I. THE serpent is shut out from paradise. The wounded deer must seek the herb no more In which its heart-cure lies : The widowed dove must cease to haunt a bower, Like that from which its mate with feigned sighs Fled in the April hour. I too, must seldom seek again Near happy friends a mitigated pain. II. Of hatred I am proud, with scorn content; Indifference, that once hurt me, now is grown Itself indifferent. But, not to speak of love, pity alone Can break a spirit already more than bent. The miserable one Turns the mind's poison into food, Its medicine is tears, its evil good. III. Therefore if now I see you seldomer, Dear friends, dear friend t know that I only fly Your looks because they stir Griefs that should sleep, and hopes that cannot die: The very comfort that they minister I scarce can bear; yet I, So deeply is the arrow gone, Should quickly perish if it were withdrawn.

iv.

When I return to my cold home, you ask
Why I am not as I have ever been 1

You spoil me for the task
Of acting a forced part on life's dull scene—
Of wearing on my brow the idle mask

Of author, great or mean,
In the world's Carnival. I sought
Peace thus, and but in you I found it not.

v.

Full half an hour, to-day, I tried my lot
With various flowers, and every one still said,

“She loves me, loves me not *.”
And if this meant a vision long since fled—
If it meant fortune, fame, or peace of thought—

If it meant—but I dread
To speak what you may know too well :
Still there was truth in the sad oracle.

vi.

The crane o'er seas and forests seeks her home;
No bird so wild, but has its quiet nest,

When it no more would roam ;
The sleepless billows on the ocean's breast
Break like a bursting heart, and die in foam,

And thus, at length, find rest:
Doubtless there is a place of peace
Where my weak heart and all its throbs will cease.

vii.

I asked her, yesterday, if she believed
That I had resolution. One who had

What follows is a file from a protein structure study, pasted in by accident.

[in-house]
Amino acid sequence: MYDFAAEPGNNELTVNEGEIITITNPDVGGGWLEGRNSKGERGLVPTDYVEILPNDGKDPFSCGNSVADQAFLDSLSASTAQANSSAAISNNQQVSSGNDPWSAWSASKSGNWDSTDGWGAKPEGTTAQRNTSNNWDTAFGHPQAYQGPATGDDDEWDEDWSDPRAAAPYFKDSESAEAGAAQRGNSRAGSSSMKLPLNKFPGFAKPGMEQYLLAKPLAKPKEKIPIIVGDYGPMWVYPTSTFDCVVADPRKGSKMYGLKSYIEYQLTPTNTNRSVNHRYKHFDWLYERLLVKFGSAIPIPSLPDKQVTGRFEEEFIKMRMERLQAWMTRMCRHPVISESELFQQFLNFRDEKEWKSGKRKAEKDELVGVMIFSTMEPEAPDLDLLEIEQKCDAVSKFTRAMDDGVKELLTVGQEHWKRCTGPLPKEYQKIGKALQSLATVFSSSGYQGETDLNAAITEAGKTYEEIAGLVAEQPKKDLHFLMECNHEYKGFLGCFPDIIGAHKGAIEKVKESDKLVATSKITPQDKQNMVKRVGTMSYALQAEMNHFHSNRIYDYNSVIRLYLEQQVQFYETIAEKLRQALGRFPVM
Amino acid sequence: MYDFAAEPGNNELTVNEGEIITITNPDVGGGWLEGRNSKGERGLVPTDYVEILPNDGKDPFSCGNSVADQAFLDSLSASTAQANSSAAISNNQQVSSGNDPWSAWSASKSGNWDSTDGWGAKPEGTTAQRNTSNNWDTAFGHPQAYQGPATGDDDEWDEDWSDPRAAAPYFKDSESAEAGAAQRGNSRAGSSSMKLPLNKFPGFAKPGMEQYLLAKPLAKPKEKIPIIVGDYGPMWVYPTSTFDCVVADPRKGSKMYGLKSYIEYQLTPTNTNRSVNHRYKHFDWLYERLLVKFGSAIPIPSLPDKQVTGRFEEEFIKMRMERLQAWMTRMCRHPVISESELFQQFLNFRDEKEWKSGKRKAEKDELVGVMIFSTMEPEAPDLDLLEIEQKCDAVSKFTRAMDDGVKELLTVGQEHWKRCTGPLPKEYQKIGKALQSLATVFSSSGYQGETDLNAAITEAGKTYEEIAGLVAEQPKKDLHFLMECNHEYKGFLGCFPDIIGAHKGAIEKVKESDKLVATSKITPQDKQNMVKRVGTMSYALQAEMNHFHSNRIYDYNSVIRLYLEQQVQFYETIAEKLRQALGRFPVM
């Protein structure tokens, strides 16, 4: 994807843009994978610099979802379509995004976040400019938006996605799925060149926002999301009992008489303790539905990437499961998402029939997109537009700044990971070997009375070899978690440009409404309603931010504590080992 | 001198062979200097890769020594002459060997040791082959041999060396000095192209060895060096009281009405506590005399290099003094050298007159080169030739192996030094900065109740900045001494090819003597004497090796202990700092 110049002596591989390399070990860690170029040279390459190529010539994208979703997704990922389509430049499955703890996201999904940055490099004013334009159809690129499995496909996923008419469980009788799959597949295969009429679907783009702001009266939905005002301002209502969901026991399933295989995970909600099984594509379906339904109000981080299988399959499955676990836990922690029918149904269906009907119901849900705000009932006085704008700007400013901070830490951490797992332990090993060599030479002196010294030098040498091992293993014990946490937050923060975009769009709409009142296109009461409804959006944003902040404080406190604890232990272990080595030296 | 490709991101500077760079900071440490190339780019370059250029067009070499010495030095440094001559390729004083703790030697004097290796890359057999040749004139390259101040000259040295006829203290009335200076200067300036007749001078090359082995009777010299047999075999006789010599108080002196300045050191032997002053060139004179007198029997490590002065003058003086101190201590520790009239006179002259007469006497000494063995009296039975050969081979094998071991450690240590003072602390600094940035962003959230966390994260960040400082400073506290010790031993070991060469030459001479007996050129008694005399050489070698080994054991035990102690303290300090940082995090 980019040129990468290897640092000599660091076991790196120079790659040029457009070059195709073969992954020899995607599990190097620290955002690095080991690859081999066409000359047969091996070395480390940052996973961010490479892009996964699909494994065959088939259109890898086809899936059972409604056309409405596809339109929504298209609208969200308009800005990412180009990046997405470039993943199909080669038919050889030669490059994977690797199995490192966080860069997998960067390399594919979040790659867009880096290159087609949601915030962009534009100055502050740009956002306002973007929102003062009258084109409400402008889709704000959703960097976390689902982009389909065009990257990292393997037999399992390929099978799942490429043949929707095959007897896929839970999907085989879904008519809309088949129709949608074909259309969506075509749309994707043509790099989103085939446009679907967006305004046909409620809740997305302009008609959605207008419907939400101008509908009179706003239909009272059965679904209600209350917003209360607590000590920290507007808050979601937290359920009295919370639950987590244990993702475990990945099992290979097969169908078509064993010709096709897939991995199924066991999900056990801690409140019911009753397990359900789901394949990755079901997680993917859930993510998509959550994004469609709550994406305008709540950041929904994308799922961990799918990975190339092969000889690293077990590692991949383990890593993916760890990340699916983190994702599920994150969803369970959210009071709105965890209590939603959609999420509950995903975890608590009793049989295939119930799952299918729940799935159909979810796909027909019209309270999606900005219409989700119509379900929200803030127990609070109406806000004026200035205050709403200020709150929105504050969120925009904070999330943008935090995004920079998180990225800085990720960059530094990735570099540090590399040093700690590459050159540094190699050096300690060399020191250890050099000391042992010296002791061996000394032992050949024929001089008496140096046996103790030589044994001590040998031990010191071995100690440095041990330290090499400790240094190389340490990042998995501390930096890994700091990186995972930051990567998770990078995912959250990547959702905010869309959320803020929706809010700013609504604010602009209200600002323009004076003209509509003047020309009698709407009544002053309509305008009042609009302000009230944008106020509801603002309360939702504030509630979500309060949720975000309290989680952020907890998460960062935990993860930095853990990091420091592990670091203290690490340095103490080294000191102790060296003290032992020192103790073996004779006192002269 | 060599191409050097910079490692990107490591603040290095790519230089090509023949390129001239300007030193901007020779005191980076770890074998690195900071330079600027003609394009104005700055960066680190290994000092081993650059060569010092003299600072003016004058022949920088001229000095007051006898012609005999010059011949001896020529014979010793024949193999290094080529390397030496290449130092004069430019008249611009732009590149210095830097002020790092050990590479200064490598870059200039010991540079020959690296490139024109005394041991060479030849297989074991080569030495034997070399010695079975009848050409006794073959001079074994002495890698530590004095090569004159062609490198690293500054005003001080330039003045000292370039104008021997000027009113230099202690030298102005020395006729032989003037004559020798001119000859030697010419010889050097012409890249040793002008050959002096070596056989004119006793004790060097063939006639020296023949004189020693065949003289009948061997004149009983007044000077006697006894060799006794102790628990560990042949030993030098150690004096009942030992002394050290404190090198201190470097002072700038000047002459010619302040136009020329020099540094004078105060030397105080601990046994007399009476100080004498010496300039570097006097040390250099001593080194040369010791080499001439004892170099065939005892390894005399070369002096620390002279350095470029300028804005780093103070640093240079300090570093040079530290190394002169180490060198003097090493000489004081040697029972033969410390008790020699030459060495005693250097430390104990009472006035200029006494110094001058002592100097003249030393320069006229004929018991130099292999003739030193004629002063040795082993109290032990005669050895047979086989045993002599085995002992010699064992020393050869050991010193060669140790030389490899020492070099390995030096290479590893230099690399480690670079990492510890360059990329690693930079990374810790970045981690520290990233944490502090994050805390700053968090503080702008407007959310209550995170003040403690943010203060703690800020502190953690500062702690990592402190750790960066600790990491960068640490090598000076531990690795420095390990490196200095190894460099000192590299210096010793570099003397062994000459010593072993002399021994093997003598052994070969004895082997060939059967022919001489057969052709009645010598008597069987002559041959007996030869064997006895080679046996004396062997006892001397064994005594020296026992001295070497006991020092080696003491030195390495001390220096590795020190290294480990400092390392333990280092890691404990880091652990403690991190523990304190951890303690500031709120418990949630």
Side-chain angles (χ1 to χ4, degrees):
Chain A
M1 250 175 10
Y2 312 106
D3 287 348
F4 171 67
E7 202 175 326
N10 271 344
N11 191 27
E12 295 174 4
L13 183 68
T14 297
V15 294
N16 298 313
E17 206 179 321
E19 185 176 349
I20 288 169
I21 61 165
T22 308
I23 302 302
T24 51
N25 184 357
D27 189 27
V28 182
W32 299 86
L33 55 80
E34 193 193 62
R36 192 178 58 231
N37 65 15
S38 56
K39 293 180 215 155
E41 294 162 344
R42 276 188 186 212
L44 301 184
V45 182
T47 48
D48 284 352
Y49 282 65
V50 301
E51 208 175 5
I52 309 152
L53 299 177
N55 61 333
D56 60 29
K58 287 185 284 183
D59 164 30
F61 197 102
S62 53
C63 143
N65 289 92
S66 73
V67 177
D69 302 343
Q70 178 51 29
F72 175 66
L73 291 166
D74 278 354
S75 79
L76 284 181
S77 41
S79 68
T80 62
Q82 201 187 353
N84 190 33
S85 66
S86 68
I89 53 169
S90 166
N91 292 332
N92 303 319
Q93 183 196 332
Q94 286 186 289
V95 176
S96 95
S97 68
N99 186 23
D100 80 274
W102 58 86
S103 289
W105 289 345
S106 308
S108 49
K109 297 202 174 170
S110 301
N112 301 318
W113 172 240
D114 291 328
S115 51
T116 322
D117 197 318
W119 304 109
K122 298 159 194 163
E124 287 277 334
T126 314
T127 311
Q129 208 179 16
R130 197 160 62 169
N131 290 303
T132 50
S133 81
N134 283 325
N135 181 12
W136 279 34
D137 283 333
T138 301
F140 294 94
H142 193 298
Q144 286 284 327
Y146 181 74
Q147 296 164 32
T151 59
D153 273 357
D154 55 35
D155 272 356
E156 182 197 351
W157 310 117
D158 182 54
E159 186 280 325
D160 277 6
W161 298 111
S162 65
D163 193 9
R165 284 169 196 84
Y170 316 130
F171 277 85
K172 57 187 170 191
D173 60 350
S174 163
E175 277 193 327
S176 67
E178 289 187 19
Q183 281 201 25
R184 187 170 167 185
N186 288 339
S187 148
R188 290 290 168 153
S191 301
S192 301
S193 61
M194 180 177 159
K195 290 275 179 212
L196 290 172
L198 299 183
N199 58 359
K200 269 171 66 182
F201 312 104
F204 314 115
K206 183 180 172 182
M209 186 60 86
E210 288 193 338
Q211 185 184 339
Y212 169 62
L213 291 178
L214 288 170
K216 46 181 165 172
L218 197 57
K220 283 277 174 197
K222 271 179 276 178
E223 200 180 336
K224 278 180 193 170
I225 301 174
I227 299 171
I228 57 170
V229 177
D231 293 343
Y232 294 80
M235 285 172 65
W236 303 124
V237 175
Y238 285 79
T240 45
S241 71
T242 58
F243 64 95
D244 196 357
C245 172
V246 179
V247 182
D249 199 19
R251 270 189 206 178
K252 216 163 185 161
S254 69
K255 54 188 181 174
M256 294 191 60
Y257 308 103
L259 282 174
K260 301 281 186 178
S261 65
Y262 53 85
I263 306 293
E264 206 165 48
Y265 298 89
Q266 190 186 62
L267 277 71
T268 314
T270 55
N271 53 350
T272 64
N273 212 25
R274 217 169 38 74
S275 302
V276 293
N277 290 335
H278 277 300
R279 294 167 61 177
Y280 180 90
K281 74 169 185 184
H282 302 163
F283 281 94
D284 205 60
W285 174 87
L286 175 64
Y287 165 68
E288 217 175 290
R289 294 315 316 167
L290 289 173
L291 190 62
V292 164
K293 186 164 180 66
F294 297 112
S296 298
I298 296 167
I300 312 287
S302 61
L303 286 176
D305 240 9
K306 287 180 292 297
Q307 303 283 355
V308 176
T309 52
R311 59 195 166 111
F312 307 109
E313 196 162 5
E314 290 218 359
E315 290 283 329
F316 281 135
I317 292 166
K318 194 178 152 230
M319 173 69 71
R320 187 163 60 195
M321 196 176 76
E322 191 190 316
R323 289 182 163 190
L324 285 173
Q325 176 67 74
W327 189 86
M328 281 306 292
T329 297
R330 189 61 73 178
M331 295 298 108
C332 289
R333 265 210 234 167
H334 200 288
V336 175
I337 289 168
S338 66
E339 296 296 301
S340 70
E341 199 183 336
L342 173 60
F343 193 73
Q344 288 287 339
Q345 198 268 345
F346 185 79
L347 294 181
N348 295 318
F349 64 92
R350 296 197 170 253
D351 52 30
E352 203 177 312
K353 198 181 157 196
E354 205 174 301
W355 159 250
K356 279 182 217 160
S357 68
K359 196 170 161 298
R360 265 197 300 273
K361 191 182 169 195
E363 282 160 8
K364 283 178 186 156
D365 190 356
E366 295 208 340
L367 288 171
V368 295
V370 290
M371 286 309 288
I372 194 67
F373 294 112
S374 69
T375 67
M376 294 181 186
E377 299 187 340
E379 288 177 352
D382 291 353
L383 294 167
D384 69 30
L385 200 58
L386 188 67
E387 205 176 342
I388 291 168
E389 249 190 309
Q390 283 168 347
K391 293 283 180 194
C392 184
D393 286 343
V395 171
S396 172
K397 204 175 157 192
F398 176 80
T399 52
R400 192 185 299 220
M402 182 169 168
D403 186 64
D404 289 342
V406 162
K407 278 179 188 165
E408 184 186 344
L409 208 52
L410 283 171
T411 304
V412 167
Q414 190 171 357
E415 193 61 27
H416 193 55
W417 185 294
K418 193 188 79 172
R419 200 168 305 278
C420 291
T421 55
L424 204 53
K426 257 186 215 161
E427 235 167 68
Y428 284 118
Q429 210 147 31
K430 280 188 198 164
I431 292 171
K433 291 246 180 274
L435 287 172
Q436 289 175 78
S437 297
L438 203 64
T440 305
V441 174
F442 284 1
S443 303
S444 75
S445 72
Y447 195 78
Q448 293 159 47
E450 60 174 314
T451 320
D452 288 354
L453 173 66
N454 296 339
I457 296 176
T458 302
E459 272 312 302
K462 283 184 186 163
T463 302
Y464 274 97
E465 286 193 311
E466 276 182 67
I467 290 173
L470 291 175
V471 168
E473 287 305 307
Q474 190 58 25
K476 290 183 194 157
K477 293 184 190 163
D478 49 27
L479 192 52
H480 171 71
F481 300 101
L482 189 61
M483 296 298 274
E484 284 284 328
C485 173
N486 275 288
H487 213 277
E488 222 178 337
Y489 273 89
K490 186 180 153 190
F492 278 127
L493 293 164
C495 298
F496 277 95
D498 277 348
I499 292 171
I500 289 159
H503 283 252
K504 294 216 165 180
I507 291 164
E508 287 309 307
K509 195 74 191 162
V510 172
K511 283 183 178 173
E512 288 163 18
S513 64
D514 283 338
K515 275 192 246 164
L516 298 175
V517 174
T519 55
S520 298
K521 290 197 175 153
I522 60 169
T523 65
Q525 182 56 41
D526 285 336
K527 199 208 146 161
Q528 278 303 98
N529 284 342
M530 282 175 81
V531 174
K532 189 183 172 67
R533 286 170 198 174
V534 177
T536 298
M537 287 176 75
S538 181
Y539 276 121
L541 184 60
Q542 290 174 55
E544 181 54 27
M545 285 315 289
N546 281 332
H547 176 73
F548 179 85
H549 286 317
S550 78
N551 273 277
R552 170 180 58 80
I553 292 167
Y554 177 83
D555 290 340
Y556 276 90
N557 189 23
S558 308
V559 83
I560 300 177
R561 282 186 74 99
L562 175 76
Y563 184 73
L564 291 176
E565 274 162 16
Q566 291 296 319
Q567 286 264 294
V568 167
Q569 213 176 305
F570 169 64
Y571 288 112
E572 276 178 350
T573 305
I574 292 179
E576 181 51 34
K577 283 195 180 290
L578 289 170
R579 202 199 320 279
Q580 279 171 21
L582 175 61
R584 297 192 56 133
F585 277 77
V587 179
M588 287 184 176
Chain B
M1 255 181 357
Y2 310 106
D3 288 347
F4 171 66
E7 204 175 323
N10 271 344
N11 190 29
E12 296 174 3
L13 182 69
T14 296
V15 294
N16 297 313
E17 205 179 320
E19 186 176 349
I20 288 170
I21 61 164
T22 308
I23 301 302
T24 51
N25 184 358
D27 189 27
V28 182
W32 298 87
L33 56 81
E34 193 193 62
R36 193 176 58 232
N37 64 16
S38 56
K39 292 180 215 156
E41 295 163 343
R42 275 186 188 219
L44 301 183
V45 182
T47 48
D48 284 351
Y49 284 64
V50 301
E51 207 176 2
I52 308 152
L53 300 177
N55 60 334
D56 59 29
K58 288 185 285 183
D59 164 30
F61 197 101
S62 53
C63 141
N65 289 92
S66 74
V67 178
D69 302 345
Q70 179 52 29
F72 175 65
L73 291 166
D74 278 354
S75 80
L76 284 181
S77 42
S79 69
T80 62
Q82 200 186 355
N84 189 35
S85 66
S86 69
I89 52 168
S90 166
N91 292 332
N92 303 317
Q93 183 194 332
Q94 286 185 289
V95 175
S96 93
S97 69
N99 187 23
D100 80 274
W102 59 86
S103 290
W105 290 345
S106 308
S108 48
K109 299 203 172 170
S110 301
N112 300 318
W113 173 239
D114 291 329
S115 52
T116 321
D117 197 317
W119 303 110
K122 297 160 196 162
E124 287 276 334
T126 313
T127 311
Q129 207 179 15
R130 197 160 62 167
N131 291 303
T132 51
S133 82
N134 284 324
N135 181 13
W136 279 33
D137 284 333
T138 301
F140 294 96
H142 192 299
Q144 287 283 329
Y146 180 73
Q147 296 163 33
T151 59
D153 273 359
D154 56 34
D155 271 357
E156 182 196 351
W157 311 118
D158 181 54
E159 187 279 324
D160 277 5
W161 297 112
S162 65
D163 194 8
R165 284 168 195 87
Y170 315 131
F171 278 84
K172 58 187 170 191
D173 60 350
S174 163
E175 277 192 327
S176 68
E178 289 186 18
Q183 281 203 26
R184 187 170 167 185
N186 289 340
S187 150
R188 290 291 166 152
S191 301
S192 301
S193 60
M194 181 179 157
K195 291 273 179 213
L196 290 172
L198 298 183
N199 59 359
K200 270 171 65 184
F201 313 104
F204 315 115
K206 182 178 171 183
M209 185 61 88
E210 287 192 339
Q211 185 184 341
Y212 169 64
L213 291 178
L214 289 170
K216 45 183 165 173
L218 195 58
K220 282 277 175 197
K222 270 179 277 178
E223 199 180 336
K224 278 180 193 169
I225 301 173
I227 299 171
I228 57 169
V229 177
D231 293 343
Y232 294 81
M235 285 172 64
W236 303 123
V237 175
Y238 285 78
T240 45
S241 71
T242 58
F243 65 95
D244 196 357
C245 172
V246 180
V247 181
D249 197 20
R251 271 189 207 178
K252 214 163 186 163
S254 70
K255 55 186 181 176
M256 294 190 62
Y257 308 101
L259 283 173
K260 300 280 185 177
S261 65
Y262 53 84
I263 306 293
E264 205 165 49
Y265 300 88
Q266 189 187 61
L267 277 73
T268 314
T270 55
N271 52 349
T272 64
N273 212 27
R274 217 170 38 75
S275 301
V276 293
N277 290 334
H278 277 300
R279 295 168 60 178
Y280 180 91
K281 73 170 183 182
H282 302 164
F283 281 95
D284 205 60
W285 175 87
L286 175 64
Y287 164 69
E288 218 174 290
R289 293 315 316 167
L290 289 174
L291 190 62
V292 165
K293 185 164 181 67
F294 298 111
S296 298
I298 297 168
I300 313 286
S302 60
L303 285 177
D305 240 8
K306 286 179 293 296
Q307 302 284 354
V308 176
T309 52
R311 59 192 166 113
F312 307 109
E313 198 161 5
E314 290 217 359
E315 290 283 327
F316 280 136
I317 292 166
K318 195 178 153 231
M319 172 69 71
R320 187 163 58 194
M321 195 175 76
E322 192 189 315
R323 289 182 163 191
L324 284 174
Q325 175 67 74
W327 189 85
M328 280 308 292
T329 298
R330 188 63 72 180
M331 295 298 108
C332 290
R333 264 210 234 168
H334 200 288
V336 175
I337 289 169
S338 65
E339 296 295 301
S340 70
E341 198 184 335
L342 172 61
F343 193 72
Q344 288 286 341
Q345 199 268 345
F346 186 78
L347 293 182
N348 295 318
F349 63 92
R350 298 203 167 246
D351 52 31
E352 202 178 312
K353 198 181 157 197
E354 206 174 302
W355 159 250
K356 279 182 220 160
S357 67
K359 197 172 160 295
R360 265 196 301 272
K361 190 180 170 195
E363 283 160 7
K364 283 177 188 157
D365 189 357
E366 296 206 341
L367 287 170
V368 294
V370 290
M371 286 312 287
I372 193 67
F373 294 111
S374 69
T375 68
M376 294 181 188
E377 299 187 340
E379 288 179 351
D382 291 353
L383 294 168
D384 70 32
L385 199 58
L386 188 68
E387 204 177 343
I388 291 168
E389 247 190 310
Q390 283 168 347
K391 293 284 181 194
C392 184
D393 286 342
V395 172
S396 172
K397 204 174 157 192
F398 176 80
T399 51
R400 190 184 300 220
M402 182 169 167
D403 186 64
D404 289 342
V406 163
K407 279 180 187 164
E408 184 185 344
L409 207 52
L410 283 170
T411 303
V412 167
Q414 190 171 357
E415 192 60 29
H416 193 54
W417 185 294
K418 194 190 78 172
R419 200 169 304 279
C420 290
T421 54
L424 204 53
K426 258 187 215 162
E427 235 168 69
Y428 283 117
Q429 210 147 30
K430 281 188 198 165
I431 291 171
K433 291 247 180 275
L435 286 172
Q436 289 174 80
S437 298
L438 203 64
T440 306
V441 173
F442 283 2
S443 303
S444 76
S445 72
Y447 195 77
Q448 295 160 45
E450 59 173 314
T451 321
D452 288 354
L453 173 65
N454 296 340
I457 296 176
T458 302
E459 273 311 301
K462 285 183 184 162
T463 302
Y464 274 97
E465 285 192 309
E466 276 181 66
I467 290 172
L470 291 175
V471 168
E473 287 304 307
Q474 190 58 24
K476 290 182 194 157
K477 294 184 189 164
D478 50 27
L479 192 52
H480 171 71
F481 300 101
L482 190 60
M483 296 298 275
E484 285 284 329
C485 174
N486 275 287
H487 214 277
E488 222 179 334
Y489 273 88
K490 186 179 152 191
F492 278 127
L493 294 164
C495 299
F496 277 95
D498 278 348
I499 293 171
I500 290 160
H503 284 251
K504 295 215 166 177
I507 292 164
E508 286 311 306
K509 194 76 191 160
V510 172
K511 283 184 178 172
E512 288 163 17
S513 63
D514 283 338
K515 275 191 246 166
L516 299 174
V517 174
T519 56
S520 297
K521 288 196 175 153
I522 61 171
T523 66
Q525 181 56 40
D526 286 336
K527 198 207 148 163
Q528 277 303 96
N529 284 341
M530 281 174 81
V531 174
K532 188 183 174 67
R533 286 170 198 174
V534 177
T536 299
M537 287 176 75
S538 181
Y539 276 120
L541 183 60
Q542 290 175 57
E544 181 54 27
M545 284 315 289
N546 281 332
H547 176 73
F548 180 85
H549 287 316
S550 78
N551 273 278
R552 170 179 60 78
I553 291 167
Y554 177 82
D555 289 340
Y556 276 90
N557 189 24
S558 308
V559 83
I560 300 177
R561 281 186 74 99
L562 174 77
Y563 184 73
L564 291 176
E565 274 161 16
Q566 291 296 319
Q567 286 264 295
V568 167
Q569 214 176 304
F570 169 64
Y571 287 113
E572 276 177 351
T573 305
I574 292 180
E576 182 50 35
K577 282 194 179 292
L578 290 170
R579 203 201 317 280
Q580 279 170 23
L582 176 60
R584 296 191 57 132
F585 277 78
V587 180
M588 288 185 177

Would ne'er have thus relieved
His heart with words,--but what his judgment bade
Would do, and leave the scorner unrelieved.

These verses are too sad
To send to you, but that I know,
Happy yourself, you feel another's woe.

* See Faust.

A LAMENT.

O World ! O life O time !
On whose last steps I climb,
Trembling at that where I had stood before;
When will return the glory of your prime?
No more–Oh, never more

Out of the day and night
A joy has taken flight:
Fresh spring, and summer, and winter hoar,
Move my faint heart with grief, but with delight
No more–Oh, never more

SONNET. POLITICAL Great NESS.

Nor happiness, nor majesty, nor fame,
Nor peace, nor strength, nor skill in arms or arts,
Shepherd those herds whom tyranny makes tame;
Verse echoes not one beating of their hearts:
History is but the shadow of their shame;
Art veils her glass, or from the pageant starts
As to oblivion their blind millions fleet,
Staining that Heaven with obscene imagery
Of their own likeness. What are numbers, knit
By force or custom Man who man would be,
Must rule the empire of himself in it
Must be supreme, establishing his throne
On vanquished will, quelling the anarchy
Of hopes and fears, being himself alone.

DIRGE FOR THE YEAR.

ORPHAN hours, the year is dead,
Come and sigh, come and weep !
Merry hours, smile instead,
For the year is but asleep:
See, it smiles as it is sleeping,
Mocking your untimely weeping.

As an earthquake rocks a corse
In its coffin in the clay,
So White Winter, that rough nurse,
Rocks the dead-cold year to-day ;
Solemn hours wail aloud
For your mother in her shroud.

As the wild air stirs and sways
The tree-swung cradle of a child,
So the breath of these rude days
Rocks the year:—be calm and mild,
Trembling hours; she will arise
With new love within her eyes.

January grey is here,
Like a sexton by her grave;
February bears the bier,
March with grief doth howl and rave,
And April weeps—but, O ye hours!
Follow with May's fairest flowers.